When buying primers and paints, you can always find bargain brands costing one-half to one-third the price of the so-called "premium" products. And for many jobs, the bargain brands will work just fine.
But often, the premium products will give you more and better pigments and resins which produce better looking and longer lasting finishes.
With more pigments, they would also cover more thoroughly and require only one finish coat while a bargain brand might require 2 coats and wipe out the savings in price.
TIP: Have your paint supplier tint the white primer to match your finish paint. That way the color in the first coat doesn't get washed out by the white primer underneath, and it often eliminates the need for a second coat of finish paint.
Painting Without VOC's
Concerns about air pollution and hazardous household wastes have virtually eliminated the use of true "oil-based" paints which released high amounts of VOC's (volatile organic compounds).
Alkyd-based paints and latex paints are much safer, but alkyds and, to a lesser degree, latex paints do release some VOC's into the air, and even those reduced amounts bother a lot of people.
But there are now paints being formulated in both flat and eggshell finishes with no VOC's, and they produce virtually no odors when applied. So those are a definite option for people bothered by paint vapors.
With both latex and alkyd-based paints, first squeeze excess paint from the brushes and roller covers back into the containers. There are inexpensive tools curved on one edge to scrape paint off roller covers.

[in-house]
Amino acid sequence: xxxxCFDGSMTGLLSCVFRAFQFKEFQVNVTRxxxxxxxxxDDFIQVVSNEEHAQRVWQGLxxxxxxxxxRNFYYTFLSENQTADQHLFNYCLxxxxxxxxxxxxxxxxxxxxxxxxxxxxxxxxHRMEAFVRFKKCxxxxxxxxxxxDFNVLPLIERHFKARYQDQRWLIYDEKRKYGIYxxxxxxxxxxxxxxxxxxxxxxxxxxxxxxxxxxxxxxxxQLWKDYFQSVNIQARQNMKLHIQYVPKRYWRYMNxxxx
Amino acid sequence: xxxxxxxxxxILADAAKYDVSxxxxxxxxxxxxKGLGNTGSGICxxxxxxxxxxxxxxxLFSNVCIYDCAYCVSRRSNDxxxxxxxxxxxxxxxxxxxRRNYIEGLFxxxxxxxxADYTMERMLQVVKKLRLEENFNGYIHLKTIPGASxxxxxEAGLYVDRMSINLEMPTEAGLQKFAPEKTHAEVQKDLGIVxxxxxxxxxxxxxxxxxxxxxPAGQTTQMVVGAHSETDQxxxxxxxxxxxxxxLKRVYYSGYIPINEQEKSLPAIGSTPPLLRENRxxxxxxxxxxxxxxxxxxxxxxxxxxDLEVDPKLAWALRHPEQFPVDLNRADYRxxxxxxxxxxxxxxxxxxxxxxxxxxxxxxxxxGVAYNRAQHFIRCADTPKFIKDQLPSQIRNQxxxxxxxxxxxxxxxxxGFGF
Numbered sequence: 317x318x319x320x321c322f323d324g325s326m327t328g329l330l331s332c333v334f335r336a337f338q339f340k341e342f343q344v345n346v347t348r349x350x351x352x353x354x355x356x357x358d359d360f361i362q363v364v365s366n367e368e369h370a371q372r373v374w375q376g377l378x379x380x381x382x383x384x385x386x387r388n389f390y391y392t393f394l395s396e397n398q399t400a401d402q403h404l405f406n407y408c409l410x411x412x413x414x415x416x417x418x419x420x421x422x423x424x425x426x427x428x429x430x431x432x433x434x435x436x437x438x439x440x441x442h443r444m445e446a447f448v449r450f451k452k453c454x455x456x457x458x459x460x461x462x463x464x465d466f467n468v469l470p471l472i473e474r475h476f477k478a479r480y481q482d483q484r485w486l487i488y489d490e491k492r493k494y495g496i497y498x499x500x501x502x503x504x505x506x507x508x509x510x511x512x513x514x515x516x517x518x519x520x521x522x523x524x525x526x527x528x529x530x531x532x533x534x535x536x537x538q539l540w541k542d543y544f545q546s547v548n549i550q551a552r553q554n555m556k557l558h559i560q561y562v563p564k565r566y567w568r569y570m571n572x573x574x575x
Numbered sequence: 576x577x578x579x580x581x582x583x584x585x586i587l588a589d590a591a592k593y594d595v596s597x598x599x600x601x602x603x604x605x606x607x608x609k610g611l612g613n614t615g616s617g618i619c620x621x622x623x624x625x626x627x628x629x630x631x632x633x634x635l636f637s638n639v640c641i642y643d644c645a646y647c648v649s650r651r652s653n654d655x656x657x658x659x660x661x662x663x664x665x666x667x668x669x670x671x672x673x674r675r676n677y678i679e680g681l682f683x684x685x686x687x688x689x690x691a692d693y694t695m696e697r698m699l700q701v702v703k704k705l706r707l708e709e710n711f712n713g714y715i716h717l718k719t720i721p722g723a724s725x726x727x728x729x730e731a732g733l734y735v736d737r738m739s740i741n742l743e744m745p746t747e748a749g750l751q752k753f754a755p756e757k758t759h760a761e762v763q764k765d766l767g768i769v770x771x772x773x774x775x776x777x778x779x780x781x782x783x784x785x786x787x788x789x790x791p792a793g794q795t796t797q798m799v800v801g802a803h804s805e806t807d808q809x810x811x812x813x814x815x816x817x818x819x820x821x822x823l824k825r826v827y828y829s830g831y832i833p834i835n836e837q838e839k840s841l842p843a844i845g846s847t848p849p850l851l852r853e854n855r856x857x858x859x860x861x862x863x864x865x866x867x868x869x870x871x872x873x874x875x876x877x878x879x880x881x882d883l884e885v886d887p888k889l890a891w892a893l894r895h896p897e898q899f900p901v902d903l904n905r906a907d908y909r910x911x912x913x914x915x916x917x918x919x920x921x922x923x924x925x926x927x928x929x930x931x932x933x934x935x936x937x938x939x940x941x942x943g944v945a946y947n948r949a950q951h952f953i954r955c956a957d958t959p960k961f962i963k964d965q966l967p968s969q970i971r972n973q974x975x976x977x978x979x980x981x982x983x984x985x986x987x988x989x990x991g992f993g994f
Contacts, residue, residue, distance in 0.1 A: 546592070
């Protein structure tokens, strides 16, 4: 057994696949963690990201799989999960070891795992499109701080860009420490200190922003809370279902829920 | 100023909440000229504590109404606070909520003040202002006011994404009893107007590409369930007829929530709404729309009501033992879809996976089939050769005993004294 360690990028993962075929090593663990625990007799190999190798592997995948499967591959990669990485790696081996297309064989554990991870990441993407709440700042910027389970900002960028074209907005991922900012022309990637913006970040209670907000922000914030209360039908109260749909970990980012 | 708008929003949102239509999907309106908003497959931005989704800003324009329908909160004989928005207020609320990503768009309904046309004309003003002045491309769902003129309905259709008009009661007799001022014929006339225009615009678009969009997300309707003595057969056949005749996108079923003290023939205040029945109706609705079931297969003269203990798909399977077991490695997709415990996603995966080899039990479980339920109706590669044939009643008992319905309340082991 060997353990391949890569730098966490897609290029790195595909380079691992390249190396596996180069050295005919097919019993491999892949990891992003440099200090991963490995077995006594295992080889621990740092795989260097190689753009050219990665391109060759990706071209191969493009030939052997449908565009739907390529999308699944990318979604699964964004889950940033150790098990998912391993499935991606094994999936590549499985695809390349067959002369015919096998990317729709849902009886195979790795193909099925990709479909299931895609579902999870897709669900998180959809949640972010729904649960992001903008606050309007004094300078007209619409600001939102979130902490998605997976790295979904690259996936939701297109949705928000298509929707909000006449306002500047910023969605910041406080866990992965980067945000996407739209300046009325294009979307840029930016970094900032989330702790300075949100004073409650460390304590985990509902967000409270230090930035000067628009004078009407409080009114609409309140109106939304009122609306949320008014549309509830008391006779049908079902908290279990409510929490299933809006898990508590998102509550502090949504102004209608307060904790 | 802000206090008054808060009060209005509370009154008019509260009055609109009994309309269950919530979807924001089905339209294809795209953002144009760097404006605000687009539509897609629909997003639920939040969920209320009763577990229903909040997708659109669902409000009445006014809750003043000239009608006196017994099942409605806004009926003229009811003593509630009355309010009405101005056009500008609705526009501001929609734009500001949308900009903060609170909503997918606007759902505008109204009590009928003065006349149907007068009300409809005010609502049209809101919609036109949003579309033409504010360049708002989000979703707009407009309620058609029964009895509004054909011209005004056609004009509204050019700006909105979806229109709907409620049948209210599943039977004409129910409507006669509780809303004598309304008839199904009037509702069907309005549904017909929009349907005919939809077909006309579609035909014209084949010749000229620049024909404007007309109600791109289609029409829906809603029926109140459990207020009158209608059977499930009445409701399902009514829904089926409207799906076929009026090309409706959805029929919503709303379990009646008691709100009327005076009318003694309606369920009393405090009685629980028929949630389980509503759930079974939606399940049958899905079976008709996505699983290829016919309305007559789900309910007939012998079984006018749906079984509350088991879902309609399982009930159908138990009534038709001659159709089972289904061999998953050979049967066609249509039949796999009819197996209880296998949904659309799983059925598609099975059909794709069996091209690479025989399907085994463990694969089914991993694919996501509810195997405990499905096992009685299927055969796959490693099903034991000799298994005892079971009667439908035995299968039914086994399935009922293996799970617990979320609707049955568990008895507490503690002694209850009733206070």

With latex paints, let the brushes and roller covers soak in a pail of warm sudsy water, rinse them off and spin them with a spinner tool (which is designed for both brushes and roller covers) to spin off moisture. Repeat those steps as needed to finish the cleaning.
Use the combed side of a cleaner tool to loosen stubborn paint and then soak and spin the brush clean. Smooth out the bristles with the comb or a rag and allow it to dry thoroughly.
With alkyd-based paints, pour an inch or two of thinner or mineral spirits into a small metal can and swirl the brush in that to loosen the paint. Squeeze the excess off the brush and spin it dry inside a paper bag, a cardboard box or a 5-gallon plastic pail to keep from spraying thinner all over. Repeat as needed until it's clean.
The solvent may not dissolve paint that's already dried on the brush, but you can usually scrape that off with a metal-bristle brush or a metal comb. Once the brush is clean, smooth out the bristles and allow it to dry thoroughly.
TIP: When you're applying more than one coat of the same paint, you don't have to clean brushes or roller covers between coats. Just wrap them in plastic to keep them moist till you're ready to paint again.
Never pour excess paint down the drain--even latex paints.
The safest way to dispose of paints (alkyd-based and latex) is to leave them in their cans, set them outside with the lids off, let them dry completely and then bring the cans with the labels intact for proper identification to an approved disposal site in your community. If you don't know of such a site, call your city or county offices to find out the approved paint disposal process.
For small amounts of paints, you can also take the paint outside and pour it onto old newspapers, being careful not to let any get on the ground. Let the paint dry and then dispose of the newspaper in an approved manner.